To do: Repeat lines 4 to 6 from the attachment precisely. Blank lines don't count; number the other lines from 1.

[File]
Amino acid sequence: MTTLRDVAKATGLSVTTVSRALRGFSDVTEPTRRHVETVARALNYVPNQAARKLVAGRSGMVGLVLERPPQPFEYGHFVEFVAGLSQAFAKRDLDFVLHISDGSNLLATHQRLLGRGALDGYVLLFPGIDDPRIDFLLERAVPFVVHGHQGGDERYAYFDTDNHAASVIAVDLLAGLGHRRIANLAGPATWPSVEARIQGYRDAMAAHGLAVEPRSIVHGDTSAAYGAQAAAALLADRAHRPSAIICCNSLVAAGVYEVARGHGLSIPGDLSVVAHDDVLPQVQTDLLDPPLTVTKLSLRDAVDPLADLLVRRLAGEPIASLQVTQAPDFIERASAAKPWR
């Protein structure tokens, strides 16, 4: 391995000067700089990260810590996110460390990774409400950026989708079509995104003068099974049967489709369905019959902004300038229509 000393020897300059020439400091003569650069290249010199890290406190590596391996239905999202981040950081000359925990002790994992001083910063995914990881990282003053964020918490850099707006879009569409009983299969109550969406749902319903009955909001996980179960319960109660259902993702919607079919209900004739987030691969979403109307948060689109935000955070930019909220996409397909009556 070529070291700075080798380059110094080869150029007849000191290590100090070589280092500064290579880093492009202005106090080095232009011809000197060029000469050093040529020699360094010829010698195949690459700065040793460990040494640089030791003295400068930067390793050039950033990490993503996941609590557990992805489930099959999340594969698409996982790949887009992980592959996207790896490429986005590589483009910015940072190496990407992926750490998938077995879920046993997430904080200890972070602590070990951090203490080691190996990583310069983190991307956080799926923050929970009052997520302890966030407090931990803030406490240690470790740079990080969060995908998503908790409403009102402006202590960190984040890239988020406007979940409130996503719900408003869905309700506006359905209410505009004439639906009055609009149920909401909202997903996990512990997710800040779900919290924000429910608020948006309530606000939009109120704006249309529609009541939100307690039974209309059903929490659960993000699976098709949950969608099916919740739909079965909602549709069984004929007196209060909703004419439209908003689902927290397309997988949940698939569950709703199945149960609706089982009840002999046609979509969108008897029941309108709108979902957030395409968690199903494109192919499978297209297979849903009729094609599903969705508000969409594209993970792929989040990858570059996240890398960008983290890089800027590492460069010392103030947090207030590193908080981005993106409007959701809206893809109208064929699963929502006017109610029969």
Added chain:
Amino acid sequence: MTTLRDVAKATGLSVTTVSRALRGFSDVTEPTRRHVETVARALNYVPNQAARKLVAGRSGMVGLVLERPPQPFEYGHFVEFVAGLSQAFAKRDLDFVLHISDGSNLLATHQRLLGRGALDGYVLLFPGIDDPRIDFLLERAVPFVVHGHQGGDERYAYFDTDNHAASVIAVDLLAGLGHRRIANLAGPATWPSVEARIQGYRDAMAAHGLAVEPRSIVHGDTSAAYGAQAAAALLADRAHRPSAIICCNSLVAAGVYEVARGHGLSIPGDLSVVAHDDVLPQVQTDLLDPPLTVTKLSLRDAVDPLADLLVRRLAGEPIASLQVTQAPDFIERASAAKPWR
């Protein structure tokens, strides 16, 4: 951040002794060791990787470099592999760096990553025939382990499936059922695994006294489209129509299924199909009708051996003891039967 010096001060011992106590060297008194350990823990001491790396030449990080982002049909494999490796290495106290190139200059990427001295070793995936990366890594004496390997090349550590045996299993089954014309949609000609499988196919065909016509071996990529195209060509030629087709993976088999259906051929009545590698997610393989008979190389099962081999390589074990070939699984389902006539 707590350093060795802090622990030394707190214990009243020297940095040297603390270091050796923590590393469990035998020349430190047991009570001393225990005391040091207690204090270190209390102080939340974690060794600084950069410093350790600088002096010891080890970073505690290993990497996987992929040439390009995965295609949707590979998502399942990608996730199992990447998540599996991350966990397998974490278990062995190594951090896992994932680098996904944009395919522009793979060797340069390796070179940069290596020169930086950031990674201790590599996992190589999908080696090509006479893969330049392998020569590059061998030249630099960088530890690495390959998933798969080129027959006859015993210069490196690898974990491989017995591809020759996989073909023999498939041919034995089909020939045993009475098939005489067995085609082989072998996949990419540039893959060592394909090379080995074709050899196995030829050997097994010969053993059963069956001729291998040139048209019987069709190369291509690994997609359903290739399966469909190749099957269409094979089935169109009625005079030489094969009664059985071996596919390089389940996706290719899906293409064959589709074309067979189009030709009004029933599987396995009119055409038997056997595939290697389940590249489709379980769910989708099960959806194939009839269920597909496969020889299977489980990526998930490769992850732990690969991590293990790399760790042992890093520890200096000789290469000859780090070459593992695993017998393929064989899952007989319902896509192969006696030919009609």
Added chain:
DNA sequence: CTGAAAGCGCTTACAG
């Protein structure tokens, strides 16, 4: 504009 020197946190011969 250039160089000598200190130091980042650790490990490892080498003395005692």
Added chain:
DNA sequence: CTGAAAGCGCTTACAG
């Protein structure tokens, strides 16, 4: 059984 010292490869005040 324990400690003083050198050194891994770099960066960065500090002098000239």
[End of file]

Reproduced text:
Amino acid sequence: MTTLRDVAKATGLSVTTVSRALRGFSDVTEPTRRHVETVARALNYVPNQAARKLVAGRSGMVGLVLERPPQPFEYGHFVEFVAGLSQAFAKRDLDFVLHISDGSNLLATHQRLLGRGALDGYVLLFPGIDDPRIDFLLERAVPFVVHGHQGGDERYAYFDTDNHAASVIAVDLLAGLGHRRIANLAGPATWPSVEARIQGYRDAMAAHGLAVEPRSIVHGDTSAAYGAQAAAALLADRAHRPSAIICCNSLVAAGVYEVARGHGLSIPGDLSVVAHDDVLPQVQTDLLDPPLTVTKLSLRDAVDPLADLLVRRLAGEPIASLQVTQAPDFIERASAAKPWR
């Protein structure tokens, strides 16, 4: 951040002794060791990787470099592999760096990553025939382990499936059922695994006294489209129509299924199909009708051996003891039967 010096001060011992106590060297008194350990823990001491790396030449990080982002049909494999490796290495106290190139200059990427001295070793995936990366890594004496390997090349550590045996299993089954014309949609000609499988196919065909016509071996990529195209060509030629087709993976088999259906051929009545590698997610393989008979190389099962081999390589074990070939699984389902006539 707590350093060795802090622990030394707190214990009243020297940095040297603390270091050796923590590393469990035998020349430190047991009570001393225990005391040091207690204090270190209390102080939340974690060794600084950069410093350790600088002096010891080890970073505690290993990497996987992929040439390009995965295609949707590979998502399942990608996730199992990447998540599996991350966990397998974490278990062995190594951090896992994932680098996904944009395919522009793979060797340069390796070179940069290596020169930086950031990674201790590599996992190589999908080696090509006479893969330049392998020569590059061998030249630099960088530890690495390959998933798969080129027959006859015993210069490196690898974990491989017995591809020759996989073909023999498939041919034995089909020939045993009475098939005489067995085609082989072998996949990419540039893959060592394909090379080995074709050899196995030829050997097994010969053993059963069956001729291998040139048209019987069709190369291509690994997609359903290739399966469909190749099957269409094979089935169109009625005079030489094969009664059985071996596919390089389940996706290719899906293409064959589709074309067979189009030709009004029933599987396995009119055409038997056997595939290697389940590249489709379980769910989708099960959806194939009839269920597909496969020889299977489980990526998930490769992850732990690969991590293990790399760790042992890093520890200096000789290469000859780090070459593992695993017998393929064989899952007989319902896509192969006696030919009609």
Added chain: